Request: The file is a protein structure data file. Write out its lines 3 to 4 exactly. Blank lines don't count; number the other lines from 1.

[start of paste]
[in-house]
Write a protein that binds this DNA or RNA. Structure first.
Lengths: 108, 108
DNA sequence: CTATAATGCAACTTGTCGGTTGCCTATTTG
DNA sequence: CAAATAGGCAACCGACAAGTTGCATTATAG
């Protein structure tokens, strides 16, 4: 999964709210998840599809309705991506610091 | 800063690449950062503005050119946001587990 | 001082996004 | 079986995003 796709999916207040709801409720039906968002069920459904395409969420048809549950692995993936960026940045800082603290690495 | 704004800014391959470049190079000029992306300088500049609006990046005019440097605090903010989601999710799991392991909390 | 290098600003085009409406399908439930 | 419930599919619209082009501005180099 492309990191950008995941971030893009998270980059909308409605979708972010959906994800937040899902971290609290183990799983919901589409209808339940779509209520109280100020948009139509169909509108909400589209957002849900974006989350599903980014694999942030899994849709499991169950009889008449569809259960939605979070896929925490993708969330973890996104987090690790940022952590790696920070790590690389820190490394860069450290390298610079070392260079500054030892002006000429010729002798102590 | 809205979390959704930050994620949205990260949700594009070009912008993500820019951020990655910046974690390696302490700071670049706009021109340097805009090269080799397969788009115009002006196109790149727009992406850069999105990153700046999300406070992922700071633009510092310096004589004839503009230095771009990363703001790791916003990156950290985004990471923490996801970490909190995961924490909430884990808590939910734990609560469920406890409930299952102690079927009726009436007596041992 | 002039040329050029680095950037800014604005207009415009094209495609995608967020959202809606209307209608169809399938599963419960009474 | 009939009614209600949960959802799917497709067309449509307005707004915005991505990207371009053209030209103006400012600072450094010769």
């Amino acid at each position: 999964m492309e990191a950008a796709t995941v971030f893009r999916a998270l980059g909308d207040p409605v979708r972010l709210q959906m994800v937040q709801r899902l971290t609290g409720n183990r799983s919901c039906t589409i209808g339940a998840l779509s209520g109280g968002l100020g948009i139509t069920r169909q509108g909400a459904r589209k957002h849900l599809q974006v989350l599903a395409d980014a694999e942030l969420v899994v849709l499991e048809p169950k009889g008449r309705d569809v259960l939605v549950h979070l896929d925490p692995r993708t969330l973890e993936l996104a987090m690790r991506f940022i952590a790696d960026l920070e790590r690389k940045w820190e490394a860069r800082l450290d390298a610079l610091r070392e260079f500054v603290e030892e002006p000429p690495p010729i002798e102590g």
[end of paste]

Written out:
Lengths: 108, 108
DNA sequence: CTATAATGCAACTTGTCGGTTGCCTATTTG